Skip to comments.MILLER: Backdoor gun ban
Posted on 06/22/2012 3:48:39 AM PDT by marktwain
Gun grabbers need to be sneaky to accomplish their goals. Their latest trick is to convince anti-gun states to mandate that handguns be microstamp-ready. That means the weapons firing pin is redesigned to imprint a code on the primer so that, in theory, it will give law enforcement the ability to identify a specific gun from shell casings left at a crime scene. Like most left-wing endeavors, this one isnt going to work.
That didnt stop the New York State Assembly on Tuesday from passing a microstamping bill backed by Gov. Andrew Cuomo and New York City Mayor Michael R. Bloomberg. The legislation, which passed 85 to 60, specifically says guns manufactured in New York or delivered to a dealer after January 2014 have to produce a unique alpha-numeric marker on at least two locations of each spent cartridge that identifies the make, model and serial number. Fortunately, the state Senate blocked the bill on the last day of this session on Thursday, as it has done in four previous sessions.
Mr. Bloomberg and Mr. Cuomo dont care about the negative impact of their proposal, which they estimate to be $12 per pistol. Manufacturers stuck with the actual duty of implementing the legislation put the cost at hundreds of dollars per gun. We dont know how to do microscopic etching. The equipment to do it costs hundreds of thousands of dollars, and we would also need a scanning electron microscope to verify its on the pin, said Jeff Reh, general counsel for Beretta USA. We wouldnt invest a half-million dollars to sell guns in one state.
A spokesman for Remington Arms said if it had to add microstamping to all its pistols, it would reconsider its relationship with New York and certainly the manufacturing of our handguns in the state.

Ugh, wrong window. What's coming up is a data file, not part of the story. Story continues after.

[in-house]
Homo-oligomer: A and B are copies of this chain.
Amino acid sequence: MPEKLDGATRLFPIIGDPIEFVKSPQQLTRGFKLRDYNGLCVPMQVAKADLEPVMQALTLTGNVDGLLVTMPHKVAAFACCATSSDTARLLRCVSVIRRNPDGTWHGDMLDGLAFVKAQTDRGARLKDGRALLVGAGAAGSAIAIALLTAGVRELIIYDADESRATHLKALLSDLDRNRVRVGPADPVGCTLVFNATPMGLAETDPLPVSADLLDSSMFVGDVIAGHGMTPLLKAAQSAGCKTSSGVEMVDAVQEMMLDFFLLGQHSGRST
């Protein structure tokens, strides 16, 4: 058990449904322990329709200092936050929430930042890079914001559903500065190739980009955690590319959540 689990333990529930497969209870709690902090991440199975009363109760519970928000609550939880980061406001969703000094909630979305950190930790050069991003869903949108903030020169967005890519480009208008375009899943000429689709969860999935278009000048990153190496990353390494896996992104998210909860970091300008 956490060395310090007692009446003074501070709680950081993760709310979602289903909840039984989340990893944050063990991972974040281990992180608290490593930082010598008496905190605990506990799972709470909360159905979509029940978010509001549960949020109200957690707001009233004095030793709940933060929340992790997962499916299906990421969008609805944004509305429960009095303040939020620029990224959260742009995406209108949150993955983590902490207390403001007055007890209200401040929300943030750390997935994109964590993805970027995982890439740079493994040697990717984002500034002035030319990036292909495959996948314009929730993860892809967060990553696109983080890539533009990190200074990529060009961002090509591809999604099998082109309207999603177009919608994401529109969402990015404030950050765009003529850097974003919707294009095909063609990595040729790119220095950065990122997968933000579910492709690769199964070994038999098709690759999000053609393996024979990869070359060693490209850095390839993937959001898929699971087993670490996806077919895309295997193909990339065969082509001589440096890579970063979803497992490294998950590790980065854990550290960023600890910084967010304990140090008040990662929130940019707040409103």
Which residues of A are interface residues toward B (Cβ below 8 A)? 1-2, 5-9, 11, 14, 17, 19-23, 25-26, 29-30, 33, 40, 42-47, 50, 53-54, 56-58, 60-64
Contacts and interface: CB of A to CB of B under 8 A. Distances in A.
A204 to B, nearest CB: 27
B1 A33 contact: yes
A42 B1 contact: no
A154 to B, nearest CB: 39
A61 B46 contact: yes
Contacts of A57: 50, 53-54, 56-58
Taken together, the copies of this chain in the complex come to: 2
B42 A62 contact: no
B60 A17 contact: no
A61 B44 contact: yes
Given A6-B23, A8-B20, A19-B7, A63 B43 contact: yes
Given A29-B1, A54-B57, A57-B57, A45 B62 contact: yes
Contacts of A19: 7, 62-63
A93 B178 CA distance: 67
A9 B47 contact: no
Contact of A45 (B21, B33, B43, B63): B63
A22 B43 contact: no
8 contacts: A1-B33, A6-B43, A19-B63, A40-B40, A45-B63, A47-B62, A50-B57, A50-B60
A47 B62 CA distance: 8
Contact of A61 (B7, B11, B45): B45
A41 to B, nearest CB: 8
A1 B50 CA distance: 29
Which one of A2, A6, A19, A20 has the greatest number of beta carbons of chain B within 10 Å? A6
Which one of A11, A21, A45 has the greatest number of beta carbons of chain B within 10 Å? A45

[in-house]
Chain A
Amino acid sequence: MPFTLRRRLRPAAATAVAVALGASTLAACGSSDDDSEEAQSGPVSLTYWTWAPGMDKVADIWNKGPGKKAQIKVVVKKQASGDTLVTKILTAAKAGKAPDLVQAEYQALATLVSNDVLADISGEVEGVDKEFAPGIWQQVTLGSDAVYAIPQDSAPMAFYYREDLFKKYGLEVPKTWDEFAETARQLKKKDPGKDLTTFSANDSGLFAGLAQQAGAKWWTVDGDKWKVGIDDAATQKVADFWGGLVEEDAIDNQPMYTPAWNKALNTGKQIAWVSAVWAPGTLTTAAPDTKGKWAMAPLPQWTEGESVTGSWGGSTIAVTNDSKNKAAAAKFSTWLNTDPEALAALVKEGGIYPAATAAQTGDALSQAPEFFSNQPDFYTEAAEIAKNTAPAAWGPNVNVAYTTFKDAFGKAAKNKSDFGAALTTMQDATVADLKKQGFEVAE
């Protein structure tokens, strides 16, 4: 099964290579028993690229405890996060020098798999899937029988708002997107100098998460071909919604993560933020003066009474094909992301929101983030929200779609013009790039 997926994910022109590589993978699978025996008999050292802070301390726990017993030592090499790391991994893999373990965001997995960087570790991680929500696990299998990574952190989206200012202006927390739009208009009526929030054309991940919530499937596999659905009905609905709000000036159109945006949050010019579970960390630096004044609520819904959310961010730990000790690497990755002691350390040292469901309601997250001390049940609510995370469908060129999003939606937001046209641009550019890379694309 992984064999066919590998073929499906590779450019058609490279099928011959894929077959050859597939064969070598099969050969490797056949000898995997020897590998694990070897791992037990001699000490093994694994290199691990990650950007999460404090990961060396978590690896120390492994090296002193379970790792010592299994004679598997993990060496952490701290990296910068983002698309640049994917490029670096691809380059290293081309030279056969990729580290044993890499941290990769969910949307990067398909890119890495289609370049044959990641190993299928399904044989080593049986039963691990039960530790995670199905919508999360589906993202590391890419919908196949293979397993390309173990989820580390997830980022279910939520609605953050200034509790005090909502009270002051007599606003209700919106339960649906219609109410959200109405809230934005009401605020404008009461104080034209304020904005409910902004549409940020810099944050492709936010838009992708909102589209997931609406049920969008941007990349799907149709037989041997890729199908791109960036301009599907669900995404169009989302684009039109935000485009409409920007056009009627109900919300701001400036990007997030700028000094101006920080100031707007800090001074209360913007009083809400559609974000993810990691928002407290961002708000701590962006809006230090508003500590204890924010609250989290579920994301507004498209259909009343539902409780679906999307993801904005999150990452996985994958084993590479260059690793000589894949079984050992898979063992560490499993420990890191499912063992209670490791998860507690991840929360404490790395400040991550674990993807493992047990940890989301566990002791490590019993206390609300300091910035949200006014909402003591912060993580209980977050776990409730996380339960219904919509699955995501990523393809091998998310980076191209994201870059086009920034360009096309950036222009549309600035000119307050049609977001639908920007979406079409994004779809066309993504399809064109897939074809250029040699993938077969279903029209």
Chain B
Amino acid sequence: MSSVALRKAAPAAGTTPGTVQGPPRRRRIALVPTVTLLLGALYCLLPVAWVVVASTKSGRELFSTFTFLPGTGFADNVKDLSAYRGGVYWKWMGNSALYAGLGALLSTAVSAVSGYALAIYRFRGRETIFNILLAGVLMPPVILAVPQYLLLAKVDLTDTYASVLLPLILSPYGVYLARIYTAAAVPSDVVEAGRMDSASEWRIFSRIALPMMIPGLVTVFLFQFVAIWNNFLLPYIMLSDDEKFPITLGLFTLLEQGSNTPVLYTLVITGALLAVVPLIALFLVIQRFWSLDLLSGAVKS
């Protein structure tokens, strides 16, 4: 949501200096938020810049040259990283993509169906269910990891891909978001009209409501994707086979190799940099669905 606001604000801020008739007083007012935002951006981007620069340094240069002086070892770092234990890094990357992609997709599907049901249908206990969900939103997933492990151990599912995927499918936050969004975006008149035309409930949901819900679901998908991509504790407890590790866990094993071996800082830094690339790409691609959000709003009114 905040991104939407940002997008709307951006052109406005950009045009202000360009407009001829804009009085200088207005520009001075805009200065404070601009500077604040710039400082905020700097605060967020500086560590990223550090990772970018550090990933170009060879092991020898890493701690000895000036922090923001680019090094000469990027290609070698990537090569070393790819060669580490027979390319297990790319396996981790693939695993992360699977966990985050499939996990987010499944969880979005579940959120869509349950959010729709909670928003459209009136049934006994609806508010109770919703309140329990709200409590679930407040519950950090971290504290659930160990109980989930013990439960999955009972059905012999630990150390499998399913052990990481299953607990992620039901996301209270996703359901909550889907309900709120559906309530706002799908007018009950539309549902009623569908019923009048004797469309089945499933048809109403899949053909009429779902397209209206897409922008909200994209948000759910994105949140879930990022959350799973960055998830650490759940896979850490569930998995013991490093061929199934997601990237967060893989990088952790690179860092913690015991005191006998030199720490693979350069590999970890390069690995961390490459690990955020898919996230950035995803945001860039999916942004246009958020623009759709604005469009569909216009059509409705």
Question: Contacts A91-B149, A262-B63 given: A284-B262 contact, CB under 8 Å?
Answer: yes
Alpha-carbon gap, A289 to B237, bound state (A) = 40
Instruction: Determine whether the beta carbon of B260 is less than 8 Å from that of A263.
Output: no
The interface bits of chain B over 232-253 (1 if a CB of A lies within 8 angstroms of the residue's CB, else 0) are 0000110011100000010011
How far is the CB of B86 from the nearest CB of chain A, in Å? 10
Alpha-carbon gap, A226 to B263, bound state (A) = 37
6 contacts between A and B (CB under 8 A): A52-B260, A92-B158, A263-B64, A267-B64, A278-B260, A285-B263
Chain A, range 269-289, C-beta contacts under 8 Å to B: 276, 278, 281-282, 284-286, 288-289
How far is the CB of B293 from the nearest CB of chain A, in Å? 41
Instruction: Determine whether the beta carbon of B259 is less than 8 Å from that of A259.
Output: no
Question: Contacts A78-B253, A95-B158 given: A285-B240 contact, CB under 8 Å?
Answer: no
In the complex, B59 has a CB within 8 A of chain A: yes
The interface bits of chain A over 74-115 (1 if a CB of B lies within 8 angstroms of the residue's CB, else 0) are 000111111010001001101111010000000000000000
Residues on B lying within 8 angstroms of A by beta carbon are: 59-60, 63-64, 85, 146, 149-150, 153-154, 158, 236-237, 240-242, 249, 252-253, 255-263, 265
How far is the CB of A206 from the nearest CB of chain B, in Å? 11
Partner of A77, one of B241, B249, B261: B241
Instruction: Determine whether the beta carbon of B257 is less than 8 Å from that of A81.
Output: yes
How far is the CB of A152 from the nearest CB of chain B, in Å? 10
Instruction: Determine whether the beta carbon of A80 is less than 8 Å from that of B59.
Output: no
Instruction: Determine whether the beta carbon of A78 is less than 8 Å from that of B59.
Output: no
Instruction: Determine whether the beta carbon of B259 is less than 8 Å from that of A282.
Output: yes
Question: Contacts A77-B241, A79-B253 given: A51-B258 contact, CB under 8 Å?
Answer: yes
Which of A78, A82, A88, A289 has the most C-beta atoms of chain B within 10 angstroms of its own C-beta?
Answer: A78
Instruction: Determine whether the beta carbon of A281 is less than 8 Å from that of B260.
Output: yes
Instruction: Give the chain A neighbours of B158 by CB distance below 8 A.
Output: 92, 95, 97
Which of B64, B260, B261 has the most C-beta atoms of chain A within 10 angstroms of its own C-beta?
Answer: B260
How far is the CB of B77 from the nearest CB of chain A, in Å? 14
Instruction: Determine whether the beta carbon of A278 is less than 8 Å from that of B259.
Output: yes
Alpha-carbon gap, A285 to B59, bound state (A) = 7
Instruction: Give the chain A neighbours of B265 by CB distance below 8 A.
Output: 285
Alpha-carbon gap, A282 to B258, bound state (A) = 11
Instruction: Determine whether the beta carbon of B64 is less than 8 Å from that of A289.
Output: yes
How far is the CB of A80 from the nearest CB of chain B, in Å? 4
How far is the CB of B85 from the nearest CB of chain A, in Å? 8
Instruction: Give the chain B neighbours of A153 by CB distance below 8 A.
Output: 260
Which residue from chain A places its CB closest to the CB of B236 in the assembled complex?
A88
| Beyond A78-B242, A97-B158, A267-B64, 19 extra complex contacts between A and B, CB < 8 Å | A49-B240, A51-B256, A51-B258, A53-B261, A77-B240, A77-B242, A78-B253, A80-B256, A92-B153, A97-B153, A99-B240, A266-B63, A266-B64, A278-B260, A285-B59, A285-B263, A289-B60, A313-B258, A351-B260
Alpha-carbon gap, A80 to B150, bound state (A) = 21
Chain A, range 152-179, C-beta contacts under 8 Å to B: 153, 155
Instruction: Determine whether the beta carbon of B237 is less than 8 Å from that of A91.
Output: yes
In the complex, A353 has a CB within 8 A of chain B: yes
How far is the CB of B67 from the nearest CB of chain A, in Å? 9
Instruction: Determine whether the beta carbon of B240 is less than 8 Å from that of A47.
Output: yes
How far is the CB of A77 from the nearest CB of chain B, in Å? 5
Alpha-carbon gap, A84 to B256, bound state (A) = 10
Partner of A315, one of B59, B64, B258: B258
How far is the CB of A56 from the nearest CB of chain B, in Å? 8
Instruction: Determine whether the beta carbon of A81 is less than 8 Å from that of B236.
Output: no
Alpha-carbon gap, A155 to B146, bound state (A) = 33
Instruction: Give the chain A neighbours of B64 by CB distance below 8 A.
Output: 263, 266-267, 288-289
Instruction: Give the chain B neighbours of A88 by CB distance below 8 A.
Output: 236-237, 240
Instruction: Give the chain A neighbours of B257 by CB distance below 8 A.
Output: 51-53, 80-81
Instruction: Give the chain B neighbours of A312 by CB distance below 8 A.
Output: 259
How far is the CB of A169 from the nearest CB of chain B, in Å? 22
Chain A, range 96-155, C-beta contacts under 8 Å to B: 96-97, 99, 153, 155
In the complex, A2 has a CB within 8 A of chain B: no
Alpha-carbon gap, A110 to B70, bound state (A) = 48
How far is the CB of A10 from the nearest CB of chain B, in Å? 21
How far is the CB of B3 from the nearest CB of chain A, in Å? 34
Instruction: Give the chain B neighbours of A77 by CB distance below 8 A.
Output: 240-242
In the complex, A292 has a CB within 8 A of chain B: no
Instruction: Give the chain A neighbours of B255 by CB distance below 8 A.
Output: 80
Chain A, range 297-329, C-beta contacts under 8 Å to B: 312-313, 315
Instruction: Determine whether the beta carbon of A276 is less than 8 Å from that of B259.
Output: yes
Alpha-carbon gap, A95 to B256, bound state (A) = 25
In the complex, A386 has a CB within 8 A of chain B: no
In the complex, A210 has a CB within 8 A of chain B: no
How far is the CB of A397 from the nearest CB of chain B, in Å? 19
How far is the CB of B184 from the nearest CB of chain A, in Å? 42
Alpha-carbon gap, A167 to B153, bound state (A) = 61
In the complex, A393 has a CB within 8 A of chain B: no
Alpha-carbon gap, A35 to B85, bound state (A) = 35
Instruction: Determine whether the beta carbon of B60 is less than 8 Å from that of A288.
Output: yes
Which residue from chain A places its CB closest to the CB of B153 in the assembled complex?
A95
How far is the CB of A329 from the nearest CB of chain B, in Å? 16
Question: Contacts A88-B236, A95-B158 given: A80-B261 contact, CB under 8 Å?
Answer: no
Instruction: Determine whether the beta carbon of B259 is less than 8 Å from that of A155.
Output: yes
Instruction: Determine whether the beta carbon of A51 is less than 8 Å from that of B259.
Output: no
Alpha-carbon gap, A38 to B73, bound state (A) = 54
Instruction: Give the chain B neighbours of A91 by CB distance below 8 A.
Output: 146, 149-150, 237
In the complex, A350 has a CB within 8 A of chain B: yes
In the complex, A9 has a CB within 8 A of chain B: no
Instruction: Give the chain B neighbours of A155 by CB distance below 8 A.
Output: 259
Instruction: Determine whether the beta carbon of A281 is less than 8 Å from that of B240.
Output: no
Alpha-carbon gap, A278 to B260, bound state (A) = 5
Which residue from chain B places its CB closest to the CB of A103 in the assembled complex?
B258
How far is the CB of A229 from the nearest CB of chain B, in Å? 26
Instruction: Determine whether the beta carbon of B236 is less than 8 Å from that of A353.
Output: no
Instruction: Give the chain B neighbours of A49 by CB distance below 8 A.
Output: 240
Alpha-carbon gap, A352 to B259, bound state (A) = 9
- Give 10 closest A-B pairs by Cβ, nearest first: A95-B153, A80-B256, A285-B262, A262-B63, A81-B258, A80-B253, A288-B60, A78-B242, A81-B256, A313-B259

(Excerpt) Read more at washingtontimes.com ...
Gun registration is the effective equivalent of gun confiscation.
How long would it take any idiot with a file to destroy the micro-stamp.
A couple of swipes with a fine file should do the trick.
I’m sure the spare parts industry will not be buying into the one state micro stamping business. So, just buy a spare firing pin and it’s up yours NY. Fortunately the NY Senate has more sense so far and killed a bad bill.
I realize manufacturers have a long history in New York and other New England states, but they should really smell the sulpher in the air up there and try to get out. I think it’s no surprise when Colt decided to build a new facility, it isn’t anywhere near New York..........It’s in Florida.
Yep ask those NYC citizens who registered their semiauto rifles in NYC in 1976 with the pledge that "It would never be used for confiscation." Fast forward to 1991 when NYC passed a law that all registered semiautos had to be gotten rid of out of state, rendered inoperable by a gunsmith with a certification to that effect or turned in to the police by a specific date. Most NYers complied like the government worshipping sheep that they are. A few did not (about 40) The police (those stalwart champions of the Bill of Rights) raided all 40+. Of the 40+ all but a handfull were paperwork snafus ie gun had been sold or transferred out of state (government messes up your paperwork get a raid from the gun gestapo). A little over 1/2 a dozen were actually in violation of NYC's unconstitutional law. They were arrested and their guns confiscated. Not many? How many violations of the Bill of Rights does it take to define a tyranny?